The proposal by professors Whitfield and Yarnell, of Southeastern and Southwestern seminaries respectively, is serious, comprehensive, and deserves due consideration.
In my reading of their 2500 word article, Addressing Abuse in the SBC: A Proposal, it seems to me that the key sentence is this:
We must leverage our autonomy to call our churches into a covenant of protecting the vulnerable.
I do not know if their article previews the conclusions and recommendations of the work currently being done by SBC President J. D. Greear’s Sexual Abuse Presidential Study Group a partnership with the SBC’s Ethics and Religious Liberty Committee. The group, now called a “council” is said to be a diverse group, mostly women. Greear will present “steps to address sexual abuse,” the culmination of the group’s work thus far, at today’s Executive Committee meeting in Nashville.
My guess is that the concept of “leveraging our autonomy” will be the key focus of any recommendations. We’ve been roundly criticized for talk of our autonomous system so I’d expect that phrase, “leverage our autonomy,” to be used repeatedly. In the end, the only leverage a Baptist association, state convention, or national convention has over churches is the power of exclusion. In a time when there is less identification with denominations can that leverage be used in a positive way? I judge that there are several factors that lead to a “yes” answer.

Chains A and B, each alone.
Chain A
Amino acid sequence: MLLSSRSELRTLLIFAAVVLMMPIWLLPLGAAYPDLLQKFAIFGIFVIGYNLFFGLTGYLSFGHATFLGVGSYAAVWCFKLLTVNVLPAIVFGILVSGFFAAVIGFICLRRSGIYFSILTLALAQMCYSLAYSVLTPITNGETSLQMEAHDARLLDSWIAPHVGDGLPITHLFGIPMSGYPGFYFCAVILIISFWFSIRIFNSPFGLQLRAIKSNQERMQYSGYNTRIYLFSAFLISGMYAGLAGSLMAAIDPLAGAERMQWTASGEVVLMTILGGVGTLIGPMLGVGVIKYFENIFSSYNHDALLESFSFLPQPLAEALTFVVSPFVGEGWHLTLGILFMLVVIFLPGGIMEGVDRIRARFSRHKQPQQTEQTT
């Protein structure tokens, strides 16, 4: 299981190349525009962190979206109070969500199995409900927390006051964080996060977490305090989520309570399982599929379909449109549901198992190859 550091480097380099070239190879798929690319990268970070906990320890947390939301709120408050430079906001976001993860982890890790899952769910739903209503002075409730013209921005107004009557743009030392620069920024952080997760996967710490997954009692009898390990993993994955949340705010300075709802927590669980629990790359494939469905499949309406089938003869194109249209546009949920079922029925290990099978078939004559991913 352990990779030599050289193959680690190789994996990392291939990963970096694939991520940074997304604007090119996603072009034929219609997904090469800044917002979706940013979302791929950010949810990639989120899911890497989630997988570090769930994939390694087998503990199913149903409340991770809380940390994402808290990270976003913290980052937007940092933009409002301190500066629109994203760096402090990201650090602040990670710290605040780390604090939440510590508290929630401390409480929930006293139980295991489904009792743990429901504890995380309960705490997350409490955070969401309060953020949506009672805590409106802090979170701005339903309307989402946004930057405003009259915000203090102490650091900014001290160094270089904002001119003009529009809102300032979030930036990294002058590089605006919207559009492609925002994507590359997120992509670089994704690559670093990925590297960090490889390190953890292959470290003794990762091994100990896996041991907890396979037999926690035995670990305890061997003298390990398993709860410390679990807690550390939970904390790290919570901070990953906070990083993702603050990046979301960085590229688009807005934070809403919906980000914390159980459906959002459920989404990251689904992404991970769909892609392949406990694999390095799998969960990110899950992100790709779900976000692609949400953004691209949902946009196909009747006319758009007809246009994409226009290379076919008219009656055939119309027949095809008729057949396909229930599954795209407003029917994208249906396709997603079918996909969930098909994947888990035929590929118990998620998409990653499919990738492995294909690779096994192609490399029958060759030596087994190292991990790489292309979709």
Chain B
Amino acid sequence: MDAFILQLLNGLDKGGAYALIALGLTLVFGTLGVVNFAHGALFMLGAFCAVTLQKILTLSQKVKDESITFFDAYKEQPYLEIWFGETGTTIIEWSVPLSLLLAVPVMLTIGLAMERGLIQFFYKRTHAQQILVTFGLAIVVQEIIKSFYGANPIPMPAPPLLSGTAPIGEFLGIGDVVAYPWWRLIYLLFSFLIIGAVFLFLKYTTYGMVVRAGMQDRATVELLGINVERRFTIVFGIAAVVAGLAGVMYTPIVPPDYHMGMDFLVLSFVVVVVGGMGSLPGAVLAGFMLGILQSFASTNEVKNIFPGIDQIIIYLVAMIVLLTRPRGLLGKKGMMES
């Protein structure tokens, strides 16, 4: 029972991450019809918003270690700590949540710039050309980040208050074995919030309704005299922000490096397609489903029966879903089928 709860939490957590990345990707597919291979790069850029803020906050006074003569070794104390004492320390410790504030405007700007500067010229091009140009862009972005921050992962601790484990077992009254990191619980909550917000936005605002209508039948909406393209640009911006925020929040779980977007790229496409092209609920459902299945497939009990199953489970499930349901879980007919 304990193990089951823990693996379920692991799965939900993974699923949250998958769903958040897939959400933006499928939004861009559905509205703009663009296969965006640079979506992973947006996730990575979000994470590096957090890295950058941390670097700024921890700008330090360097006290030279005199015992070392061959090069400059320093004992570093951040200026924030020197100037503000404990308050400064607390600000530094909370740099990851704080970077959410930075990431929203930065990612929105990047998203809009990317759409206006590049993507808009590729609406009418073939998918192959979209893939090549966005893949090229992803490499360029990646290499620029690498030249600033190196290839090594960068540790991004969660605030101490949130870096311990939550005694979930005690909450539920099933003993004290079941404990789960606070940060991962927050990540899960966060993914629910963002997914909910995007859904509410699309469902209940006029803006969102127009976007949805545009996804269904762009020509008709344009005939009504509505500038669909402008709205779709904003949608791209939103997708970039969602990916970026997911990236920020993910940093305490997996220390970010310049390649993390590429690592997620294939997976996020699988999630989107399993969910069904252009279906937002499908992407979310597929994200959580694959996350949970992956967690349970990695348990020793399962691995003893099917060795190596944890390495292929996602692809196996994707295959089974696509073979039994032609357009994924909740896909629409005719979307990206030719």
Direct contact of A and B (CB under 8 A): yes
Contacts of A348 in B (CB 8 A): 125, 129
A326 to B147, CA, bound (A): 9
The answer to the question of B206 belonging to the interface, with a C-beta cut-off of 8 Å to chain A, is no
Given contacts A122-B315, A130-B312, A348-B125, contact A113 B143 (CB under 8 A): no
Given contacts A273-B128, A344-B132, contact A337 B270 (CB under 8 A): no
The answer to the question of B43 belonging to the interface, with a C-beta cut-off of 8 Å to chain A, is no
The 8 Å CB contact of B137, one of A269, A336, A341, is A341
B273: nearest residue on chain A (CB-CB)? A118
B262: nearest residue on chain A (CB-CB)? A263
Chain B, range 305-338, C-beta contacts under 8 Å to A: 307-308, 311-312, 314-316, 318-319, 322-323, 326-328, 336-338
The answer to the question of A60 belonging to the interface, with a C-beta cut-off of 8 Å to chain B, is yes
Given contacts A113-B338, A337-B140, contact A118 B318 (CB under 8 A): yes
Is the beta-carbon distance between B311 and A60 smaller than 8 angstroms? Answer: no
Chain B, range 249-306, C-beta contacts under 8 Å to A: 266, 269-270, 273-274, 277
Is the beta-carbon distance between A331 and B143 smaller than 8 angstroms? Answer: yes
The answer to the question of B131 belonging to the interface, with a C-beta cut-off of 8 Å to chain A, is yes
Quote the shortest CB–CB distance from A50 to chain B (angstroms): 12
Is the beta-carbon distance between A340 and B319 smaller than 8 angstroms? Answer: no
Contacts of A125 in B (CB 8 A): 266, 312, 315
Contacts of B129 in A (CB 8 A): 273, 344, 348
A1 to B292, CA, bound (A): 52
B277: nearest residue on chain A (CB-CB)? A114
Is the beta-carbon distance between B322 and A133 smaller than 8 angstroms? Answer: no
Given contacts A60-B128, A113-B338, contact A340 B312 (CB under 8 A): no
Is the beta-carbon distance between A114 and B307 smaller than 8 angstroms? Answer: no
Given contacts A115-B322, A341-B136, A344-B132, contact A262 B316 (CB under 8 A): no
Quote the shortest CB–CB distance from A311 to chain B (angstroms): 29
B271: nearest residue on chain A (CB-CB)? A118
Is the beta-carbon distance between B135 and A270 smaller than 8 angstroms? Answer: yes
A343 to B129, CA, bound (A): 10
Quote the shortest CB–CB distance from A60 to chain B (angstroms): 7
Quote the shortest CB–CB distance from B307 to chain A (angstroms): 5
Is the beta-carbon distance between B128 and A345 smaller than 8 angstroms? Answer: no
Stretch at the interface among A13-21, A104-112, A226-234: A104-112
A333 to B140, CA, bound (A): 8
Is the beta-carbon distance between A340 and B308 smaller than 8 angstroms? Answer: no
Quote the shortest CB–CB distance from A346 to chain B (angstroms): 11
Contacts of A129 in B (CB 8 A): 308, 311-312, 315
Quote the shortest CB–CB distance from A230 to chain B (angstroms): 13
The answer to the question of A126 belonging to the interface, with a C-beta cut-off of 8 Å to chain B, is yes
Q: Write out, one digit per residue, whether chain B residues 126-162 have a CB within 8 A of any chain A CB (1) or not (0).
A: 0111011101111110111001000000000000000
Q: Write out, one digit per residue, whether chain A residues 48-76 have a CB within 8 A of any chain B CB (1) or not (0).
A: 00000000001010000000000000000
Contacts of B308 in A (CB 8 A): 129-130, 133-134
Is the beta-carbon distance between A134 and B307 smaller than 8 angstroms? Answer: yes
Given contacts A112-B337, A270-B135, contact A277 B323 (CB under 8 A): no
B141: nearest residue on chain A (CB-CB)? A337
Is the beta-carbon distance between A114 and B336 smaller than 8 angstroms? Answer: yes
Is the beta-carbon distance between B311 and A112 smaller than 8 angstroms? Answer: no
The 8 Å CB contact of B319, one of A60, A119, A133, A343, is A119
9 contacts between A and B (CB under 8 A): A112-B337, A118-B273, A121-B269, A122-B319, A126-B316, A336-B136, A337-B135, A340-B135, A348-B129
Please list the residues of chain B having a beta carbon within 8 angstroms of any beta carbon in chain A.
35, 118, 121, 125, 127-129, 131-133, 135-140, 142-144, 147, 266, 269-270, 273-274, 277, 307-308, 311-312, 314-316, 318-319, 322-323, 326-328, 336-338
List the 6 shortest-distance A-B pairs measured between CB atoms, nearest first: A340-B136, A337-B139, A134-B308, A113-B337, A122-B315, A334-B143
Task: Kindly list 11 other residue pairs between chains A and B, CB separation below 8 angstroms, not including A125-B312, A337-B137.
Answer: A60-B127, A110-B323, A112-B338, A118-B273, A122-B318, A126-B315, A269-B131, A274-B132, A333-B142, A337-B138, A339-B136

The Whitfield and Yarnell article calls for a number of measures including: the creation and funding of some SBC level staff or groups that are given the assignments in various aspects of abuse in churches including an investigatory function, creation of a registry of churches that voluntarily submit to and follow certain strict standards and receive a certification of such, creation of a victim’s advocate office or official that is available to churches to call, establishment and funding of a foundation to help survivors with legal fees and counseling expenses, and a call to exclude churches that have knowingly hired an abuser.
The measures proposed by the professors are quite broad and far-reaching. It surprises me that little has been said in response but then we’re only a few days from publication. Besides, the offical word comes today from J. D. Greear at the Executive Committee. I would note, and don’t presume that our leading spokespeople, elected officers, and entity leaders are unaware of it, that the average SBC church sees about 125 people in their pews on Sunday morning. The median size for the more than 47,000 SBC churces is around 70. Tens of thousands of SBC churches have a single paid minister who may be part time or bi-vocational. Kids should be just as safe in a church of 50 as a church of 5000 but let’s see what the concrete proposals are. It may be my own bias and tendentiousness but I’m sensitive to the SBC’s affection and preference for big church solutions that may not consider small or average church characteristics.
If it hasn’t been noted already elsewhere the measures proposed by our two professors look a lot like what the abuse victims and advocates have been suggesting all along.
Let’s see what happens at the Executive Committee meeting today.